BROOKLYN, New York

This article is about the New York City borough. For other uses, see Brooklyn (disambiguation).

Coordinates: 40°41′34″N 73°59′25″W / 40.69278°N 73.99028°W / 40.69278; -73.99028

Brooklyn
Brooklyn, New York
Borough of New York City
Kings County
Downtown Brooklyn
Official seal of Brooklyn
Seal
Nickname(s): BK
Motto: In Unity There is Strength[1]

Location of Brooklyn shown in orange

Coordinates: 40°37′29″N 73°57′8″W / 40.62472°N 73.95222°W / 40.62472; -73.95222

Country  United States of America
State  New York
County Kings
City New York
Settled 1634
Named for Breukelen, Netherlands
Government
 • Type Borough (New York City)
 • Borough President Marty Markowitz (D)
(Borough of Brookyn)
 • District Attorney Charles Hynes
(Kings County)
Area
 • Total 251.0 km2 (96.90 sq mi)
 • Land 182.9 km2 (70.61 sq mi)
 • Water 68.1 km2 (26.29 sq mi)
Population (2012)
 • Total 2,565,635
 • Density 14,037/km2 (36,356/sq mi)
 • Demonym Brooklynite
ZIP Code prefix 112
Area code(s) 347, 718, 917, 929
Website www.Brooklyn-USA.org

Brooklyn /ˈbrʊklɪn/ is the most populous of New York City's five boroughs, with about 2.5 million people,[2] and the second-largest in area. Since 1896, Brooklyn has had the same boundaries as Kings County, which is both the second-most populous county in New York and the second-most densely populated county in the United States, after New York County (Manhattan).[3] It is also the westernmost county of the City of New York on Long Island. Today, if it were an independent city, Brooklyn would rank as the fourth most populous city in the U.S., behind only the other boroughs of New York combined, Los Angeles, and Chicago.

Brooklyn was an independent city until January 1, 1898 when, according to the Charter of "Greater New York", Brooklyn was consolidated with the other boroughs to form the modern "City of New York". It continues to maintain a distinct culture. Many Brooklyn neighborhoods are ethnic enclaves where particular ethnic groups and cultures predominate. Brooklyn's official motto is Eendraght Maeckt Maght. Written in the (early modern spelling of the) Dutch language, it is inspired by the motto of the United Dutch Provinces (currently the official motto of Belgium) and translated "In unity, there is strength." The motto is displayed on the borough seal and flag, which also feature a young robed woman bearing fasces, a traditional emblem of Republicanism.[4] Brooklyn's official colors are blue and gold.[5]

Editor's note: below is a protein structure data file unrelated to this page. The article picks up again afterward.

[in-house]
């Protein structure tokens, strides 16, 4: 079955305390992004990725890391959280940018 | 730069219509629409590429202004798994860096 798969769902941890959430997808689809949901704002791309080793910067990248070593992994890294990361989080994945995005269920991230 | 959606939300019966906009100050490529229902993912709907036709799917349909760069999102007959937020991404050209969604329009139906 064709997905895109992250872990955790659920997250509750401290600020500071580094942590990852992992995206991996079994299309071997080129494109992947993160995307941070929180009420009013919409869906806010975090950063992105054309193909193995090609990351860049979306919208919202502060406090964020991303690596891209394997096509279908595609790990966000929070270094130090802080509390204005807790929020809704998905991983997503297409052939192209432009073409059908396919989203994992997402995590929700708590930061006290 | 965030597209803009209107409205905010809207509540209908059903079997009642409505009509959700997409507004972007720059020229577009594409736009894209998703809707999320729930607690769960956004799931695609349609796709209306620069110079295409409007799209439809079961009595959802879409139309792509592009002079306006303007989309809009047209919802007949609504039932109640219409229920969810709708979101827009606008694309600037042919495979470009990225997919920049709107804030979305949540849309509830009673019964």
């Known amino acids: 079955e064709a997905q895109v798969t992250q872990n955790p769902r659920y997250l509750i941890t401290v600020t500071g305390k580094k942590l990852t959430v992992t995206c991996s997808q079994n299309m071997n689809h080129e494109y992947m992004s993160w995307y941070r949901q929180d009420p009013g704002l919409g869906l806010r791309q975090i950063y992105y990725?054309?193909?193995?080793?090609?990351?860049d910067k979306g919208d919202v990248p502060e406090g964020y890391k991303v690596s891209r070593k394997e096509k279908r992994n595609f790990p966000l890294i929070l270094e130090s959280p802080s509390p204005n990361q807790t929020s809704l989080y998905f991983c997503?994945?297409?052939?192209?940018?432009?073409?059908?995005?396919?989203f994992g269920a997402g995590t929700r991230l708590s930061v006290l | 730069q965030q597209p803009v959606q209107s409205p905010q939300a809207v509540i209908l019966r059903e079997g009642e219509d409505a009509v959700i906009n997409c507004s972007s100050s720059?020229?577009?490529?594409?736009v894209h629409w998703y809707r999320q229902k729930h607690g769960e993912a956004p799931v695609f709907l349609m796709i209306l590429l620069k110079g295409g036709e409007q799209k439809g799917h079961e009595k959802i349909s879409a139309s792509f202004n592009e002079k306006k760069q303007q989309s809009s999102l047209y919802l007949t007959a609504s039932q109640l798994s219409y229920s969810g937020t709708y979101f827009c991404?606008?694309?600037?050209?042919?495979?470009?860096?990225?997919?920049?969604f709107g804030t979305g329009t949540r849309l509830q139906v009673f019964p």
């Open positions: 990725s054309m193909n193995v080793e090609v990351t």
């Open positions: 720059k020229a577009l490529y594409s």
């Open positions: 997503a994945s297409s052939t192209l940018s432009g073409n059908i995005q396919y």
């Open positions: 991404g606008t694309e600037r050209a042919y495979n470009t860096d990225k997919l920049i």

New York's five boroughs overview
Jurisdiction Population Land area
Borough County 1 July 2012
Estimates
square
miles
square
km
Manhattan New York 1,619,090 23 59
The Bronx Bronx 1,408,473 42 109
Brooklyn Kings 2,565,635 71 183
Queens Queens 2,272,771 109 283
Staten Island Richmond 470,728 58 151
8,336,697 303 786
19,570,261 47,214 122,284
Source: United States Census Bureau[2][6][7]

History

Main article: History of Brooklyn


The Dutch were the first Europeans to settle in the area on the western end of Long Island, also inhabited by a Native American people, the Lenape (often referred to in contemporary colonial documents by the Lenape place-name for one of the larger native settlements:"Canarsee"). The first Dutch settlements, established in 1634, were called Midwout (Midwood) and Vlacke Bos (Flatbush).[8] The Dutch also purchased land during the 1630s from the Lenape in present-day Gowanus, Red Hook, the Brooklyn Navy Yard, and Bushwick.[8]

The Village of Breuckelen, named for Breukelen in the province of Utrecht in the Netherlands, was authorized by the Dutch West India Company in 1646; it became the first municipality in what is now New York State. At the time, Breuckelen was part of New Netherland. Other villages were later incorporated into Brooklyn: Boswijk (Bushwick), Nieuw Utrecht (New Utrecht), and Nieuw Amersfoort (Flatlands). A few houses and cemeteries still show the Dutch origins of the borough of Brooklyn, including the oldest house of New York City, the Pieter Claesen Wyckoff House in Flatlands.[9]

The Dutch lost Breuckelen in the British conquest of New Netherland in 1664. In 1683, the British reorganized the Province of New York into twelve counties, each of which was sub-divided into towns. Over time, the name evolved from Breuckelen, to Brockland, to Brocklin, to Brookline, to Brookland and eventually, to Brooklyn.[8] Kings County was one of the original counties, and Brooklyn was one of the original six towns within Kings County. The county was named in honor of King Charles II.

On August 27, 1776, the Battle of Long Island (also called the Battle of Brooklyn) was fought in Kings County. It was the first major battle in the American Revolutionary War following the Declaration of Independence and the largest battle of the entire conflict. While General George Washington's defeat on the battlefield may have cast early doubts on his abilities as a military tactician and leader, he did keep the Continental Army intact with an overnight tactical retreat, across the East River.[10]

New York became the British political and military base of operations in North America. This encouraged the departure of patriots and their sympathizers while attracting loyalist refugees fleeing the other colonies. Loyalists swelled the population of the surrounding area, including Brooklyn.